Here’s a fact for you; a cellular phone is a mobile phone, but a mobile phone may or may not be a cellular phone. I’ll let you work on that one. Also, the word is spelled “opposite”.

  6. Adam -  October 6, 2014 - 6:26 am

    OK, Dictionary.com… time for your grammar lesson. Concerning the following passage above: “The prefix homo- comes from the Greek word homós which meant “one and the same.” So all of these words describe some types of sameness.”

    First, the Greek word homós MEANS “one and the same.” Present tense. The word still means that.

    Second, because the meanings of the words are different, the second sentence should read, “So each of these words describes some type of sameness.” The way you have it worded implies that all three of the words describe the same types – plural – of sameness, which is incorrect. While it is possible for a word to be all three – homograph, homonym, and homophone – each of those terms describes a different type – singular – of sameness.

  7. ahmada -  October 5, 2014 - 7:25 pm


  8. Rosemarie Davisl -  October 5, 2014 - 1:13 pm

    This a question not a comment. Is there a word that identifies two unrelated persons who share the same name? I work in a medical practice where we have several Mary Smiths’ and we write a notation on their file such as 5 Mary Smiths to alert staff. Is there such a word as a synonoun?.

    • Noah -  October 7, 2014 - 4:55 am

      Namesake. Its meaning is close to what you want.

      Namefellow is a word not used anymore, but it means exactly as you describe.

      Namealike, Nametwin, Homoname are all vernacular that also mean the same.

  9. Komakech David -  October 5, 2014 - 8:26 am

    Thanks for educating me infact many words confuse me alot due to your surport i understand i will improve my English.

  10. amadi -  October 5, 2014 - 7:17 am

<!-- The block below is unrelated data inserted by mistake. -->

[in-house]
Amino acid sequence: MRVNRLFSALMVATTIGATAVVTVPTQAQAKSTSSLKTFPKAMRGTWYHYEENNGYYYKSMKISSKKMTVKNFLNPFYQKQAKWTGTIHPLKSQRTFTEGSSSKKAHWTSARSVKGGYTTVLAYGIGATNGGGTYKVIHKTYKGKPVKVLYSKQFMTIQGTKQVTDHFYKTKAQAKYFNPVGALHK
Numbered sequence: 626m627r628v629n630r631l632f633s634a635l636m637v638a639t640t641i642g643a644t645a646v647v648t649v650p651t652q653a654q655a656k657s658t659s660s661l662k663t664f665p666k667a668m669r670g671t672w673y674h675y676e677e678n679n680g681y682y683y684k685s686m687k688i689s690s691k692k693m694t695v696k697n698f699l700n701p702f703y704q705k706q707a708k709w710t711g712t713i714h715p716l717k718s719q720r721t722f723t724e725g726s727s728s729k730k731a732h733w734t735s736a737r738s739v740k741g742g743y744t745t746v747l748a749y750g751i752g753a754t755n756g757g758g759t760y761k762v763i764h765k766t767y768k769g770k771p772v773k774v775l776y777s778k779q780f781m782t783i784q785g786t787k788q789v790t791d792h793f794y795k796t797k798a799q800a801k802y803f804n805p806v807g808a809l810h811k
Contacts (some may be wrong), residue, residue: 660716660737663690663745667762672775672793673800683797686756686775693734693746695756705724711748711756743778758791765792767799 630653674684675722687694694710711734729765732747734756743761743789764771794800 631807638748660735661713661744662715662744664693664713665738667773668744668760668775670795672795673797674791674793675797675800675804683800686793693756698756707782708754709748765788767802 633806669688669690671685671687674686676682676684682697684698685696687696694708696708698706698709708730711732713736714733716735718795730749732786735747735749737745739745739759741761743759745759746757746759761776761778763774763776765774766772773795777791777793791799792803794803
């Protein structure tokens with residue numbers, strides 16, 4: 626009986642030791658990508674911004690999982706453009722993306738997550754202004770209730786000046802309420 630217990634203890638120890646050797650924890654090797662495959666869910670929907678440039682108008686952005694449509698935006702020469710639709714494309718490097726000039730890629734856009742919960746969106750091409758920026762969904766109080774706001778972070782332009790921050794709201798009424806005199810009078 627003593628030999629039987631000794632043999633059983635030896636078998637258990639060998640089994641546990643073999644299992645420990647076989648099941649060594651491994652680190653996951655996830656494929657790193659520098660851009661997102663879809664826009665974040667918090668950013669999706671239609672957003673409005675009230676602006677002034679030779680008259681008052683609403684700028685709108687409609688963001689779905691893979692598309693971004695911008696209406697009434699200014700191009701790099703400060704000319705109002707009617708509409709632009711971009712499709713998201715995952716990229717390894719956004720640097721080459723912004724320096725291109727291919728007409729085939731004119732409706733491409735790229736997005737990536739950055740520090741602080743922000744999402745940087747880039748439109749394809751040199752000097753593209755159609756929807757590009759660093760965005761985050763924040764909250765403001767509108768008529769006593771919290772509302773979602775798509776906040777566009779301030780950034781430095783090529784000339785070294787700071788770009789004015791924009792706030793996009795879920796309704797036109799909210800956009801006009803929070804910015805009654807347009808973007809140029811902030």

word fact

  11. Bill -  October 4, 2014 - 3:41 pm

    This diagram is confusing.

    1. To clarify the diagram, “homograph” and “homophone” should be repositioned above their respective circles (or moved closer to the center so each overlaps the intersection).

    2. The clear interpretation of the resulting Venn diagram would then state that homonyms are _only_ those words that are _both _ spelled and pronounced alike (the intersection of Homograph and Homophone ): “Homonyms are words spelled AND pronounced alike but different in meaning.”

    3. Perhaps the intersection label should be “Homonym (strictly)” with yet another label for the union, either “Homonym (broadly)” or “Homonym (loosely)” or”Homonym (ambigously).

    4. My favored solution would be to put the “Homonym (loosely)” label above the circles; move the “Homograph” and “Homophone” labels toward the center to overlap the intersect; and revise the intersection label.

    5. The intersection also needs an appropriate example.

    Homonym (strict) – Bow (of ship) / Bow (at waist) [I haven't researched derivatin]
    Homophone: Bow (at waist) / Bough
    Homograph: Bow(at waist) / Bow(weapon)

    6. Perhaps there should be yet another set (circle) within the intersection labeled “Homonym (true)” to distinguish between homonyms with shared or distinct derivations. Wikipedia provides the following examples:
    true – skate (fish or worm) / skate (on ice)
    shared – mouth (of animal) / mouth (of river)

  12. William Nairatre -  October 3, 2014 - 1:16 pm

    Your Venn diagram doesn’t match your description of homonym, homophone and homograph.

  13. M Tiller -  October 3, 2014 - 12:46 pm

    Correction: A homonym is the union of a homophone and a homograph according to your text, but not according to strict usage of the word. See

    • course. -  October 7, 2014 - 2:14 pm

      blah blah blah – go fly a kite grumpy.

    • Shellheart -  October 8, 2014 - 12:09 pm

      Correction: A homophone is the union of a homonym and a homograph according to your text, but not according to strict usage of the word. See

  14. M Tiller -  October 3, 2014 - 9:33 am

    Your Venn diagram shows “homonym” as the intersection of “homophone” and “homograph”, meaning a homonym would have to be both a homophone *and* a homograph, whereas, in fact, a homonym is the union of homophone and homograph. That is, as you stated in the text, a homonym can be a homophone *or* a homograph.